The Nordics, including Icelanders, used to plant firs (Abies alba) in front of their houses, which were then decorated with candles and colored ribbons. The Gauls believed that god Gargan left evergreens trees throughout winter to symbolize life. Depending on the region and common beliefs, at the time of the solstice, it was usual to decorate a fir tree with all that was lacking during winter, coins, food or even toys for kids. According to legend, in the early eighth century, the Benedictine monk St. Boniface tried to end these pagan beliefs he observed in Thuringia, while on mission to the German parts of the Frankish Empire. He cut a sacred oak that locals worshiped at the top of a hill. However, as unsuccessful as he was on the eradication of pagan beliefs, he decided to associate the triangular shape of firs to the Trinity and its sturdy and evergreen leaves to eternity of Jesus. The association of Jesus with the Christmas tree was thus born.
The Globalization of the Christmas Tree
However, this new Christian symbolism of evergreen trees was not immediately taken. For several centuries, the cut and decoration of trees during Christmas was banned for being associated with pagan customs mostly, but nonetheless, the tradition never died. It was in the sixteenth century that began to emerge the first decrees that allowed the cutting of trees for Christmas purposes. It is believed that the first Christmas tree was decorated in Riga, Latvia, in 1510. However, the first decree appears to have been published in the Alsace region in Sélestat, today's France, in 1521 where it was authorized the cutting of small fir trees to the Christmas party. In Strasbourg, a similar edict was published in 1539. The tradition has spread rapidly through modern day Germany, mainly through traders who saw this as a good opportunity for business. In fact, it is believed that many of the Christmas traditions that persist until present were born in the same region. In addition to decorating trees, it was also usual to build pyramids of wooden trunks, which were then decorated with evergreen branches or candles.
However, many claimed that the common and modern decorating of Christmas trees began with Martin Luther, the Protestant reformer of the sixteenth century. As the legend goes, on a cold winter night, while walking through the forest, Luther noticed a small group of pine trees. Their branches covered with snow shimmered in the moonlight. Luther was so impressed by their beauty that he decided to reproduce the beauty of that moment by putting a tree indoors and decorating it with candles along with stars, cotton and other ornaments. Luther wanted to show his family the beautiful scene he had seen in the forest. This tradition arrive to North America with Germans immigrants. The habit and whole ritual became rapidly and increasingly popular throughout the western world in the eighteenth and in the nineteenth century it began to be adopted by European nobility. One crucial event that turned the odds and contributed to the popularity of Christmas trees was made by Prince Albert of Saxe-Coburg and Gotha (1819-1861), the German husband of Queen Victoria, who started the tradition of decorating Christmas trees in British royal palace. In 1846, Queen Victoria was portrayed in the Illustrated London News newspaper with their children around a Christmas tree. At the time, better marketing than this was impossible, the Victorian empire ruled over half the world and the custom soon became universal. The popularity of the queen helped spread the tradition, not only in Britain but also all over the world. Today, the importance and popularity of Christmas trees as a business can be easily seen by its numbers in modern Europe and North America where many firs, pines and spruces are geometrically cultivated, in order to preserve that conical and familiar form, solely to be decorated and kept as ornamentals during Christmas. Each year, 33 to 36 million Christmas trees are produced in America, and 50 to 60 million are produced in Europe.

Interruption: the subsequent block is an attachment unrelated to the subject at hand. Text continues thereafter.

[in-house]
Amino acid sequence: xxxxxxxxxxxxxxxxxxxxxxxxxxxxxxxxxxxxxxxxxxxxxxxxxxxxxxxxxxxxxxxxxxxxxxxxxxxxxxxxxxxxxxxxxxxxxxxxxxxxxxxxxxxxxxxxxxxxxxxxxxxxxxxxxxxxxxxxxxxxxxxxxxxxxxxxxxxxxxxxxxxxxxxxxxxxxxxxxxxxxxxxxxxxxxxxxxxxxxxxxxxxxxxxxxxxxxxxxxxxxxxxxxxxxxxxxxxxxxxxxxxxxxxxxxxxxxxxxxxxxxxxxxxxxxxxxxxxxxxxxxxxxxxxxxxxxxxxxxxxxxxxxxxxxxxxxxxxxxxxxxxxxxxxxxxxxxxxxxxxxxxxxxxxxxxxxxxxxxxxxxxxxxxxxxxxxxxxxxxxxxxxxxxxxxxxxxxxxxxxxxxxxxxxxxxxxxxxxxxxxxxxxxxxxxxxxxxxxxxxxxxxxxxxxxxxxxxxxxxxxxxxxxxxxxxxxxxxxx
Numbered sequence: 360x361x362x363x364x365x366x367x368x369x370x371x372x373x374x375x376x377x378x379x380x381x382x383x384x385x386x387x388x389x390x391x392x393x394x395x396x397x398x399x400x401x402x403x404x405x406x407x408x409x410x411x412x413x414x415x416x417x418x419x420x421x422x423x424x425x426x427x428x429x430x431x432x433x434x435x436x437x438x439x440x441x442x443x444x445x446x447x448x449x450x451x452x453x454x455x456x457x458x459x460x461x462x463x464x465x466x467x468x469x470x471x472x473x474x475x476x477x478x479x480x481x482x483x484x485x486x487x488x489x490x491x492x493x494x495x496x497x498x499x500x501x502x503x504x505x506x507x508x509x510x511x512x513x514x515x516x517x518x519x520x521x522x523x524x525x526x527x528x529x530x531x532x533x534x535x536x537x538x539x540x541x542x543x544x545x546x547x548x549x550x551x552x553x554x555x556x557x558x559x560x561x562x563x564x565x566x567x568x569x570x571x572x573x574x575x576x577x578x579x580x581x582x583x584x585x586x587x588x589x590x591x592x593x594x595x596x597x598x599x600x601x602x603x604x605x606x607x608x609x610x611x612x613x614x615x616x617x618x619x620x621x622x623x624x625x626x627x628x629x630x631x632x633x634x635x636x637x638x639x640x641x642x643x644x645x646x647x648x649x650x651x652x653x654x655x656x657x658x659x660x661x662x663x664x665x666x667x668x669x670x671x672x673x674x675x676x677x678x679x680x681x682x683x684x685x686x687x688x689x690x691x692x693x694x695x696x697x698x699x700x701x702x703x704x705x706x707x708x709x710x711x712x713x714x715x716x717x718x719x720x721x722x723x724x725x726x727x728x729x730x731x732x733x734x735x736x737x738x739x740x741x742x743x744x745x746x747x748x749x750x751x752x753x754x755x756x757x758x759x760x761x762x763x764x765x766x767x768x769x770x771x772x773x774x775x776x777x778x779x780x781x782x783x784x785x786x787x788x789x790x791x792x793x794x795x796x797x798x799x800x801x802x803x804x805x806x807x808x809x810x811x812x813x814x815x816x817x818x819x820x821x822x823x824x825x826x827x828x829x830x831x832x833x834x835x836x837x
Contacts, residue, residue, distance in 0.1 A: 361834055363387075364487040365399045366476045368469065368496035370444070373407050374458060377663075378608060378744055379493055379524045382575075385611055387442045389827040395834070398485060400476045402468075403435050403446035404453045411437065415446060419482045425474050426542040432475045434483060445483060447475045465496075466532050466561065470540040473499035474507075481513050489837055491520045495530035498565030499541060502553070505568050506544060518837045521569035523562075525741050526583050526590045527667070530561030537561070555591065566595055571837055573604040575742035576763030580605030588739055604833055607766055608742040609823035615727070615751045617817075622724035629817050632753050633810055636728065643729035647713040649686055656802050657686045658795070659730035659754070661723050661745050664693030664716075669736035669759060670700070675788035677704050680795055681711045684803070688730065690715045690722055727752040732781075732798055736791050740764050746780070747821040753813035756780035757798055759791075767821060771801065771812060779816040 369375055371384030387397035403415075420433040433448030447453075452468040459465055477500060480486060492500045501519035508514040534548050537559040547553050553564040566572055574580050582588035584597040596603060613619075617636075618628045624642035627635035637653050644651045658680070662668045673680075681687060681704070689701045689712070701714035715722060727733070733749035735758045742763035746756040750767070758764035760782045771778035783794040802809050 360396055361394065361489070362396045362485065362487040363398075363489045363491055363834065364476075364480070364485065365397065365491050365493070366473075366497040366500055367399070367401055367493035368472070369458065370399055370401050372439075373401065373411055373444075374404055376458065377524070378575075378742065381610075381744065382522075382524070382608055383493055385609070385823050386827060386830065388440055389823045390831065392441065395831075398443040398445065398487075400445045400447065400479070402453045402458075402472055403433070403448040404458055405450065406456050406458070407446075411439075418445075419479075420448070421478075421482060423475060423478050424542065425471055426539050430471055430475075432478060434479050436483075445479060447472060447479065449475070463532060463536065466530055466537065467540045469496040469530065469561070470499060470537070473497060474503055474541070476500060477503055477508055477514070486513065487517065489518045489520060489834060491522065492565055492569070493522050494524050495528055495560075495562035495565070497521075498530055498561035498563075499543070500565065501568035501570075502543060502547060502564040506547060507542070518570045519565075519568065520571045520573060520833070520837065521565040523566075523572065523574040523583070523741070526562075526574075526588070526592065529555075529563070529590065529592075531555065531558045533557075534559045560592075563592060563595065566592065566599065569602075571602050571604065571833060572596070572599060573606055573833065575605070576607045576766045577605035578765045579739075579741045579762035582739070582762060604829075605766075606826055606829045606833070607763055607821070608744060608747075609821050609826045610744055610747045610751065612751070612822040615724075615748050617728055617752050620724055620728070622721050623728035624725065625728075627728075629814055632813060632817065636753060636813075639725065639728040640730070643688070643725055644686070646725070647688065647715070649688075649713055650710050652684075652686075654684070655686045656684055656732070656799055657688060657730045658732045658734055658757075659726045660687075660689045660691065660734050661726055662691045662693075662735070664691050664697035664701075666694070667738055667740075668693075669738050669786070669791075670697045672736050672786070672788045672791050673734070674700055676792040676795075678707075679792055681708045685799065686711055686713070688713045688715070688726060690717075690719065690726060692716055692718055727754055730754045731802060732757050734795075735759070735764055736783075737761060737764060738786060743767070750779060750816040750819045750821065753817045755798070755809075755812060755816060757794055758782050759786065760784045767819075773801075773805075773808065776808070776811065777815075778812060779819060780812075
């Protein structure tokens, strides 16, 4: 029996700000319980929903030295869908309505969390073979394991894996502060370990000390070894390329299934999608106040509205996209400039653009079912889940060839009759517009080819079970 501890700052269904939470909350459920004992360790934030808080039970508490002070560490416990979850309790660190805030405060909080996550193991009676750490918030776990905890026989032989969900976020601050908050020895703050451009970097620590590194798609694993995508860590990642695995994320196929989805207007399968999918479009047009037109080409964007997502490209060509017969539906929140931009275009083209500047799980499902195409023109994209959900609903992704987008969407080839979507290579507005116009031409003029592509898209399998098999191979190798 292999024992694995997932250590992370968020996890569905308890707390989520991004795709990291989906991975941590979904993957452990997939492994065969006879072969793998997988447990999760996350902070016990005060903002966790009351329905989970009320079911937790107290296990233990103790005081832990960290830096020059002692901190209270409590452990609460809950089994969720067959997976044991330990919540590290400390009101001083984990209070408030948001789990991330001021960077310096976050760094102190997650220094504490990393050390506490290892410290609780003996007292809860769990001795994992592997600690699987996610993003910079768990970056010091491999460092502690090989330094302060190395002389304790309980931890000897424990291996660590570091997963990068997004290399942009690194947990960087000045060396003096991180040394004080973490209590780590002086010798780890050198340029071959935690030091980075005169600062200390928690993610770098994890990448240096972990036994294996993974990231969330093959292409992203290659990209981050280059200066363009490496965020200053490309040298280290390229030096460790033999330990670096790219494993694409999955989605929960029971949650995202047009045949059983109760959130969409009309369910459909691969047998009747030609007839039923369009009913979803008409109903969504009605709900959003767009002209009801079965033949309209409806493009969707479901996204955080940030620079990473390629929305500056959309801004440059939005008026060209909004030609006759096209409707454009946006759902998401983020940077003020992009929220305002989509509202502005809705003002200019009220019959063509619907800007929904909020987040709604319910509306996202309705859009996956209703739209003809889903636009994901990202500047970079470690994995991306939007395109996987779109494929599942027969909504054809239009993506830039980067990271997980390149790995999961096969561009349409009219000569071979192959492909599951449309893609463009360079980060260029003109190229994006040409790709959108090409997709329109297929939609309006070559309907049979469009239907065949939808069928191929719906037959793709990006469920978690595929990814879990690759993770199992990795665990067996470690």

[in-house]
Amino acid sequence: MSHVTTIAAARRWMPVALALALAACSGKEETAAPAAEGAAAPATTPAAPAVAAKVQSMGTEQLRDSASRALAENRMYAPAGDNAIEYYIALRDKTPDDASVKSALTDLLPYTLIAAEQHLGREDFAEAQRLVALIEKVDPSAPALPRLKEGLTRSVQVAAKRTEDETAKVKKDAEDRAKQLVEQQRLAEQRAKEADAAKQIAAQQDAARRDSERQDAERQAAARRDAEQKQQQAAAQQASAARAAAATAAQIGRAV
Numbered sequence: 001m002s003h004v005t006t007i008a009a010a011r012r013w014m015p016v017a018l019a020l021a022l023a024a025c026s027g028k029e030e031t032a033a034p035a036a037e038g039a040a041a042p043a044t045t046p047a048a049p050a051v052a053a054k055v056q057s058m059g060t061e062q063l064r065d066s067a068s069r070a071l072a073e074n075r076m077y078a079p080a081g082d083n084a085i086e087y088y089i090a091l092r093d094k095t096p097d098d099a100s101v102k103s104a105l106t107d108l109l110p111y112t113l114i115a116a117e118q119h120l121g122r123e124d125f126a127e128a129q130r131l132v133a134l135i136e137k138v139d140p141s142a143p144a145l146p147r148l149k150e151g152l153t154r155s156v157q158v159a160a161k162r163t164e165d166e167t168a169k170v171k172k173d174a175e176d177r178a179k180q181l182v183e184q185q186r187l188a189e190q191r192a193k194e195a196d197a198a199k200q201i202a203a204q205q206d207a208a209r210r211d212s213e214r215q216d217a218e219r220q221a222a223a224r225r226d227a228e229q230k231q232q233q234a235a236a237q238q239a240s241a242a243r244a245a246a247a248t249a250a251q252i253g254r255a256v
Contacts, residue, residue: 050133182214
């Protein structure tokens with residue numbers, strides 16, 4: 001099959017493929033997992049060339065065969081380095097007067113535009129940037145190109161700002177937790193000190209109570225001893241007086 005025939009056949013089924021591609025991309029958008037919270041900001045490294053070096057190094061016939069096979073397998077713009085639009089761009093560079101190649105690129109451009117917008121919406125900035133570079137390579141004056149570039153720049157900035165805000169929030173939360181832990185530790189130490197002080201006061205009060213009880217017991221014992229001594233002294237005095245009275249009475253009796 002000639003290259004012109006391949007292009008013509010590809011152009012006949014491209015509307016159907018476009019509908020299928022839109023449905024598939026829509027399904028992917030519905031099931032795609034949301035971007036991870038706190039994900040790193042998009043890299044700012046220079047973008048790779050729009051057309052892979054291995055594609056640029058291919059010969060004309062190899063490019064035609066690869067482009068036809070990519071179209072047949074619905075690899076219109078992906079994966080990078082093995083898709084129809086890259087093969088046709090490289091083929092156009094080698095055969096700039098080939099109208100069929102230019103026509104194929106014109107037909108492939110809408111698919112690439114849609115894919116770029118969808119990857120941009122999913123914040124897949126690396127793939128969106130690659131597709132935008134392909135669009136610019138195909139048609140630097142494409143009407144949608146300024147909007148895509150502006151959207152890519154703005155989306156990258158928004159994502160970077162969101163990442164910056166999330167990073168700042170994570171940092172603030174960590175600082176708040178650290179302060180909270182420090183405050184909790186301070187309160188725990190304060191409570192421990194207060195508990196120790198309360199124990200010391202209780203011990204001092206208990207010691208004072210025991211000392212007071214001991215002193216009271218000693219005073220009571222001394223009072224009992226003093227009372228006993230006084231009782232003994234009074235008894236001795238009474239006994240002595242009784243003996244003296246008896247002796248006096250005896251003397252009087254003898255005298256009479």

The Baltic Region